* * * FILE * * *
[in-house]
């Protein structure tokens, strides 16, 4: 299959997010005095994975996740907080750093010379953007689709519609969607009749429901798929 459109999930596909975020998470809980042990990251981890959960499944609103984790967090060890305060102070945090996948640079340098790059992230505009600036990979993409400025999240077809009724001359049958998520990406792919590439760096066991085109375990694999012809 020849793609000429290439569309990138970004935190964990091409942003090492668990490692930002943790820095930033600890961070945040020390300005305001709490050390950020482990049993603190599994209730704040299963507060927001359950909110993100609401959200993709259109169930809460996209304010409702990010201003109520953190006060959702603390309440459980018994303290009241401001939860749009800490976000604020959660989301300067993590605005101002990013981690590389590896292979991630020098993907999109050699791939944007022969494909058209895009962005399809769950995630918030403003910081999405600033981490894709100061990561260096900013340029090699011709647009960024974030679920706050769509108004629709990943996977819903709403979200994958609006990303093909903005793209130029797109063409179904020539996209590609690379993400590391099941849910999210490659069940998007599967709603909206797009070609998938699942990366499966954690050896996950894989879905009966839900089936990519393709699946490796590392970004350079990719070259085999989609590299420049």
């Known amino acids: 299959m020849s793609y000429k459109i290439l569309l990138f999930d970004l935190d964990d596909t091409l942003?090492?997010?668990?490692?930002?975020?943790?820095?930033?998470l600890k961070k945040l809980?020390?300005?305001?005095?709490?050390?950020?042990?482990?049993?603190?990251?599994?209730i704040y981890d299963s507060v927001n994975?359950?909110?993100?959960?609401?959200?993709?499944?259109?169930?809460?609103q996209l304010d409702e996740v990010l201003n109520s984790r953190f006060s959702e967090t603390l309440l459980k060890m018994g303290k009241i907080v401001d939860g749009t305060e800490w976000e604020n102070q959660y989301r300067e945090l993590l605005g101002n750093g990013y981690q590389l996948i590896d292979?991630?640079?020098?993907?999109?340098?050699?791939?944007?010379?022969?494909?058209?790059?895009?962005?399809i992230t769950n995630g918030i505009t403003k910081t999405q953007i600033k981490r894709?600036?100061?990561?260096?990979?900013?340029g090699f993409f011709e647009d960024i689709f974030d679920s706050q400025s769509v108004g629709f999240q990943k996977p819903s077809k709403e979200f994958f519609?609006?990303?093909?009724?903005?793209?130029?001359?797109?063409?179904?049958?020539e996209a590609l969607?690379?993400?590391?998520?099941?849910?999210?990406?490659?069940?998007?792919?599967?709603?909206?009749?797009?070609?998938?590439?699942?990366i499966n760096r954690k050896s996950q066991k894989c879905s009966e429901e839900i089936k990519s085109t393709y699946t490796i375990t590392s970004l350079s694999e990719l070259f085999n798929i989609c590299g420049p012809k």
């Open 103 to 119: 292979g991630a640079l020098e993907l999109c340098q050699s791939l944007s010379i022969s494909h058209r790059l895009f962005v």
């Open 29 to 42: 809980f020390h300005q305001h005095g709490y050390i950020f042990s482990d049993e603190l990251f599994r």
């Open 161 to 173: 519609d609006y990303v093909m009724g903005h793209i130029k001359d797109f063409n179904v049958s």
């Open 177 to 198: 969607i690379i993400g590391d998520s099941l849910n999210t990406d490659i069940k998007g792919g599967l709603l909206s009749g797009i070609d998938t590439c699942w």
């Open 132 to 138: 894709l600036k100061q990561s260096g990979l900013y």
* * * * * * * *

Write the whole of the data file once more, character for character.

[in-house]
């Protein structure tokens, strides 16, 4: 299959997010005095994975996740907080750093010379953007689709519609969607009749429901798929 459109999930596909975020998470809980042990990251981890959960499944609103984790967090060890305060102070945090996948640079340098790059992230505009600036990979993409400025999240077809009724001359049958998520990406792919590439760096066991085109375990694999012809 020849793609000429290439569309990138970004935190964990091409942003090492668990490692930002943790820095930033600890961070945040020390300005305001709490050390950020482990049993603190599994209730704040299963507060927001359950909110993100609401959200993709259109169930809460996209304010409702990010201003109520953190006060959702603390309440459980018994303290009241401001939860749009800490976000604020959660989301300067993590605005101002990013981690590389590896292979991630020098993907999109050699791939944007022969494909058209895009962005399809769950995630918030403003910081999405600033981490894709100061990561260096900013340029090699011709647009960024974030679920706050769509108004629709990943996977819903709403979200994958609006990303093909903005793209130029797109063409179904020539996209590609690379993400590391099941849910999210490659069940998007599967709603909206797009070609998938699942990366499966954690050896996950894989879905009966839900089936990519393709699946490796590392970004350079990719070259085999989609590299420049």
């Known amino acids: 299959m020849s793609y000429k459109i290439l569309l990138f999930d970004l935190d964990d596909t091409l942003?090492?997010?668990?490692?930002?975020?943790?820095?930033?998470l600890k961070k945040l809980?020390?300005?305001?005095?709490?050390?950020?042990?482990?049993?603190?990251?599994?209730i704040y981890d299963s507060v927001n994975?359950?909110?993100?959960?609401?959200?993709?499944?259109?169930?809460?609103q996209l304010d409702e996740v990010l201003n109520s984790r953190f006060s959702e967090t603390l309440l459980k060890m018994g303290k009241i907080v401001d939860g749009t305060e800490w976000e604020n102070q959660y989301r300067e945090l993590l605005g101002n750093g990013y981690q590389l996948i590896d292979?991630?640079?020098?993907?999109?340098?050699?791939?944007?010379?022969?494909?058209?790059?895009?962005?399809i992230t769950n995630g918030i505009t403003k910081t999405q953007i600033k981490r894709?600036?100061?990561?260096?990979?900013?340029g090699f993409f011709e647009d960024i689709f974030d679920s706050q400025s769509v108004g629709f999240q990943k996977p819903s077809k709403e979200f994958f519609?609006?990303?093909?009724?903005?793209?130029?001359?797109?063409?179904?049958?020539e996209a590609l969607?690379?993400?590391?998520?099941?849910?999210?990406?490659?069940?998007?792919?599967?709603?909206?009749?797009?070609?998938?590439?699942?990366i499966n760096r954690k050896s996950q066991k894989c879905s009966e429901e839900i089936k990519s085109t393709y699946t490796i375990t590392s970004l350079s694999e990719l070259f085999n798929i989609c590299g420049p012809k």
């Open 103 to 119: 292979g991630a640079l020098e993907l999109c340098q050699s791939l944007s010379i022969s494909h058209r790059l895009f962005v």
């Open 29 to 42: 809980f020390h300005q305001h005095g709490y050390i950020f042990s482990d049993e603190l990251f599994r």
């Open 161 to 173: 519609d609006y990303v093909m009724g903005h793209i130029k001359d797109f063409n179904v049958s």
């Open 177 to 198: 969607i690379i993400g590391d998520s099941l849910n999210t990406d490659i069940k998007g792919g599967l709603l909206s009749g797009i070609d998938t590439c699942w």
């Open 132 to 138: 894709l600036k100061q990561s260096g990979l900013y």